Why you need to deliver an omnichannel customer experience


November 10, 2020

Simply offering e-commerce options isn't enough to stand out from your competitors or to your buyers.

Global lockdowns related to COVID-19 have shut down brick-and-mortar businesses across the globe. Businesses quickly learned that to make up for in-person sales, they needed to move online if they hadn’t already.

Since the pandemic is far from over, it’s clear that digital commerce is here to stay for businesses regardless of industry. With every business selling online, simply offering e-commerce options for customers is no longer a way to stand out from your competitors. 

Instead, your business should ask yourself how you can sell online—and in-person if you’re able—better than your competition. One way to stand out from—and outsell—your competitors is to offer a stand-out omnichannel customer experience.

What is an omnichannel customer experience?

An omnichannel customer experience is a strategy that links sales, marketing, and customer service interactions across channels to create a seamless and frictionless buying experience for your customers. 

A typical omnichannel interaction for your customer could include: 

This entire interaction included at least six channels:

  1. Social media
  2. A landing page
  3. Your website or marketplace
  4. Live chat
  5. PayPal
  6. Email 

When an omnichannel experience is done correctly, a customer should be able to hop from channel to channel with minimal effort. Your landing page directs them to relevant product information. Your live chat widget makes access to customer service available on every page of your site. And recording your customer’s interactions across channels in a tool like a CRM helps you send automated emails at the right time, with the right information.

As soon as a customer experiences any amount of friction or difficulty, they move on. 

Why is an omnichannel customer experience important?

When customers experience friction or difficulty when attempting to make a purchase, they’re less likely to make a purchase at all. Reducing frustration is even more critical with online purchases. If your website loading time is delayed by even two seconds, 87% of people will abandon it. That means no sale for you now, and maybe never.

Think with Google statistic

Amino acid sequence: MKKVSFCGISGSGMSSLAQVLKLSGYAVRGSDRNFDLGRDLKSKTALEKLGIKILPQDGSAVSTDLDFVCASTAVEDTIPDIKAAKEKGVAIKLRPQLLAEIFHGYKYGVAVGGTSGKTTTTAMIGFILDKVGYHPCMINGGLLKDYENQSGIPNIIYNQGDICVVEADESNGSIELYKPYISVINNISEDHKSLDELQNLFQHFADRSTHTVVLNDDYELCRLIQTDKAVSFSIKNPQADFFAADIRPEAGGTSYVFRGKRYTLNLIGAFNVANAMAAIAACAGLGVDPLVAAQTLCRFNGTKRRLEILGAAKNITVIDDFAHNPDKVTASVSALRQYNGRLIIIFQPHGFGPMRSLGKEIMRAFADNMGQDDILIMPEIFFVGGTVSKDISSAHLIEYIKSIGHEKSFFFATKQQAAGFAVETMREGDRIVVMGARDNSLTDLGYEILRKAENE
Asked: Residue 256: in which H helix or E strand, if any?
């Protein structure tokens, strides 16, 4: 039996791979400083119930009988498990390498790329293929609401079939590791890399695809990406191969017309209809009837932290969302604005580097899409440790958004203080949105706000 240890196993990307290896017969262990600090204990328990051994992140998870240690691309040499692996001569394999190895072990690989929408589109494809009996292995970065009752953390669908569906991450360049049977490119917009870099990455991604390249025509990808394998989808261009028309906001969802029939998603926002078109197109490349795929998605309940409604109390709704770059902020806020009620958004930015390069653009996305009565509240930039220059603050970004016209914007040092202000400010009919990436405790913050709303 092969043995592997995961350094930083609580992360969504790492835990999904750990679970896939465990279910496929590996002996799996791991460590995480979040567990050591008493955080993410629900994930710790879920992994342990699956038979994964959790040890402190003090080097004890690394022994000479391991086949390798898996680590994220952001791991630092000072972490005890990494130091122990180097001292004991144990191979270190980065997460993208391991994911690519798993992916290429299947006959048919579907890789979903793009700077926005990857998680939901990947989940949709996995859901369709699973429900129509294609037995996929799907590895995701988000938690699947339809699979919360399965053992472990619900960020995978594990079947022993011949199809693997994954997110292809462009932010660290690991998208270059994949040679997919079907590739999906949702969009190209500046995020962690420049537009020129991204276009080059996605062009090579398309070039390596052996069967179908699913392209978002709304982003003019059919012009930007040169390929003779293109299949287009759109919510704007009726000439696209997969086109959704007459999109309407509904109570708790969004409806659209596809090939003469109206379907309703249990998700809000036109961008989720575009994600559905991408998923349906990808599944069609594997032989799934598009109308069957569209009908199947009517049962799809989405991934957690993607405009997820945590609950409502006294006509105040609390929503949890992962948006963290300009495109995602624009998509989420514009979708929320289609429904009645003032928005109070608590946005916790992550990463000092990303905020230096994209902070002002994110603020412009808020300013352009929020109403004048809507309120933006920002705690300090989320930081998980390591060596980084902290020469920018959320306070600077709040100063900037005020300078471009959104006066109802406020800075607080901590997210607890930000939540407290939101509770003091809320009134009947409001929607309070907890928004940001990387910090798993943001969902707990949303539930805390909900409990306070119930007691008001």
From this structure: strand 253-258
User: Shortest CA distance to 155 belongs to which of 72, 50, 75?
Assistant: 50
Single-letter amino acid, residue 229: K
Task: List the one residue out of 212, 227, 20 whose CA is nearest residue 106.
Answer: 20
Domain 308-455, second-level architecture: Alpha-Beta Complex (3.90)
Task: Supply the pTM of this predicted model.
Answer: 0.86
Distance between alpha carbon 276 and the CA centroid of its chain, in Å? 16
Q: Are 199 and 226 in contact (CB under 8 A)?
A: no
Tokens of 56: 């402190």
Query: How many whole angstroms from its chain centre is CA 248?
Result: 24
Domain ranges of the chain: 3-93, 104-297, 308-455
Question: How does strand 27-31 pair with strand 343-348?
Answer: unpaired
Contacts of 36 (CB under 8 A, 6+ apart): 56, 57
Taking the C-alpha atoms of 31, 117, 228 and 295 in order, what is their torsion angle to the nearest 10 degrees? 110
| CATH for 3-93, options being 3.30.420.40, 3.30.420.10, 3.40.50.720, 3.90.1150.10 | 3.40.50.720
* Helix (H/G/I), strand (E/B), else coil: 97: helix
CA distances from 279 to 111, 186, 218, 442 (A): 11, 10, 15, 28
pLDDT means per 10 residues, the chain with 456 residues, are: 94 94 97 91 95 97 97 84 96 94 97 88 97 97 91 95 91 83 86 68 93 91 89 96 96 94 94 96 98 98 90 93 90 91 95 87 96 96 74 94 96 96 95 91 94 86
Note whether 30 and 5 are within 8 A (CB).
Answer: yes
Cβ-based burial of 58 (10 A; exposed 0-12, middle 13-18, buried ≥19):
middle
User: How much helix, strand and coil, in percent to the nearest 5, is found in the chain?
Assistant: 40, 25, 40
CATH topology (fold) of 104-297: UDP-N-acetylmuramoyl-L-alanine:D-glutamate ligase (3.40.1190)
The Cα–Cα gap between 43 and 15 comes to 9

And if your customer has a frustrating experience, whether it’s on your site or in your store, on average they’ll end up telling 15 people about it. That means even if they made a sale, you’ve probably lost at least 15 potential customers.

But outside of preventing loss of sales, making omnichannel interactions easy can increase the value of the sales you’re already making. With every additional channel your customer accesses, they’re likely to spend more money. Omnichannel shoppers spend 4% more money in stores and 10% more online than those who used only one channel.

In short, failing to create an omnichannel customer experience will frustrate shoppers and result in fewer sales. And making omnichannel navigation easy will increase your existing sales totals.

Start outselling your single-channel competitors

If you don’t want frustrated customers to head to your competition’s website, you need to create an effective, seamless omnichannel experience. 

Here are few steps you can take to do it:

While creating an omnichannel customer experience will involve some effort, it will definitely pay off in the long run. Your customers will be happier, make more purchases, and hopefully tell their friends and networks how great your company and products are.

Want to learn more about creating a stellar customer experience to outsell your competitors? View our on-demand webinar: How to Drive Next-Level Digital Commerce.

Webinar: How to drive next-level digital commerce


Erika Goldwater, CIPP

Director of Global Communications

Erika Goldwater is the director of global communications for inriver. An industry veteran, Erika lives and breathes B2B marketing, content, public relations, and data privacy. She’s a Boston marketer who hails from Baltimore.